There’s some interesting computer history over here. I thought it was interesting that Wozniak and Jobs thought the computer market would be hobbyists, but one program (VisiCalc) made it appealing for businesses.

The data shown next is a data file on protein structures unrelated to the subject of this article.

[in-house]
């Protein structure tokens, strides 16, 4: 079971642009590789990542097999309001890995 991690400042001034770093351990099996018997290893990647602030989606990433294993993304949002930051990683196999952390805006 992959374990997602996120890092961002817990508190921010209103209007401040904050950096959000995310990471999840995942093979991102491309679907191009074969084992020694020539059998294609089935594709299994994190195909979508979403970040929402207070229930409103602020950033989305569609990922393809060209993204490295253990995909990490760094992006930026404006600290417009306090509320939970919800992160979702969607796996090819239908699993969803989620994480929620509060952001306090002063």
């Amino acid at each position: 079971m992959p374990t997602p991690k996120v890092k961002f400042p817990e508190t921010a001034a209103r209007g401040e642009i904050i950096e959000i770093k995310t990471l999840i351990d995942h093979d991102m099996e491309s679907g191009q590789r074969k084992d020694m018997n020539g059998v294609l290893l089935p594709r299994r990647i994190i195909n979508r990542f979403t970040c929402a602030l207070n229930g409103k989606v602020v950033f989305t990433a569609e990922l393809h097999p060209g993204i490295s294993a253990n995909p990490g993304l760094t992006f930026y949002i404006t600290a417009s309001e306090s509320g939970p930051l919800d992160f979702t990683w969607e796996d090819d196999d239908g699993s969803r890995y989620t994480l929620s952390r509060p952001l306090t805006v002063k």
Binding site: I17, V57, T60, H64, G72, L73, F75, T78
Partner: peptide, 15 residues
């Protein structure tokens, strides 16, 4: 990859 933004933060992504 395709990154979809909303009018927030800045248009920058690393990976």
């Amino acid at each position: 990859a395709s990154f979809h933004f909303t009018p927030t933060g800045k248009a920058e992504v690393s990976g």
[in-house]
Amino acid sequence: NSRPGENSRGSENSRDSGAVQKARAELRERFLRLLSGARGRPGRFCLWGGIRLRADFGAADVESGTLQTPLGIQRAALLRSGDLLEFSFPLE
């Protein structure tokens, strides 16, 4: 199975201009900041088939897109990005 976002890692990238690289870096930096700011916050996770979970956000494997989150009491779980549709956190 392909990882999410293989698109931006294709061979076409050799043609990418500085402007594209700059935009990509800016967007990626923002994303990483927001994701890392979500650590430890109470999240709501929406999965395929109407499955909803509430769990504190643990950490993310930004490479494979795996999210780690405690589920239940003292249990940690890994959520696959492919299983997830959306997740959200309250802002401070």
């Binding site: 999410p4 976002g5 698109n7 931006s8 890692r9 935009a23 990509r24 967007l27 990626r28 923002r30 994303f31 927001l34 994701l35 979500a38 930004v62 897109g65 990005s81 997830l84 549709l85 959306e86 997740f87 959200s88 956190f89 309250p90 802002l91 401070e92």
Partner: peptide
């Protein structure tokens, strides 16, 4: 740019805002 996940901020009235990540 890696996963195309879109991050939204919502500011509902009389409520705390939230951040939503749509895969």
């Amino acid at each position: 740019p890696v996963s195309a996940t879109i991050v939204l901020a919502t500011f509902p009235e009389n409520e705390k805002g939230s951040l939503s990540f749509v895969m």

VisiCalc was unusually easy to use and came with excellent documentation; Apple’s developer documentation cited the software as an example of one with a simple user interface. Observers immediately noticed its power. Ben Rosen speculated in July 1979, that “VisiCalc could someday become the software tail that wags (and sells) the personal computer dog”. For the first 12 months, it was only available for Apple II, and it became that platform’s killer app. The computer was sold, John Markoff wrote, as a “VisiCalc accessory”; many bought $2000 Apples to run the $100 software — more than 25% of those sold in 1979 were reportedly for VisiCalc — even if they already owned computers. Steve Wozniak said, that small businesses, not the hobbyists he and Steve Jobs had expected, purchased 90% of Apple IIs. Apple’s rival Tandy Corporation used VisiCalc on Apple IIs at their headquarters. Other software supported its Data Interchange Format (DIF) to share data. One example was the Microsoft BASIC interpreter supplied with most microcomputers that ran VisiCalc. This allowed skilled BASIC programmers to add features, such as trigonometric functions, that VisiCalc lacked.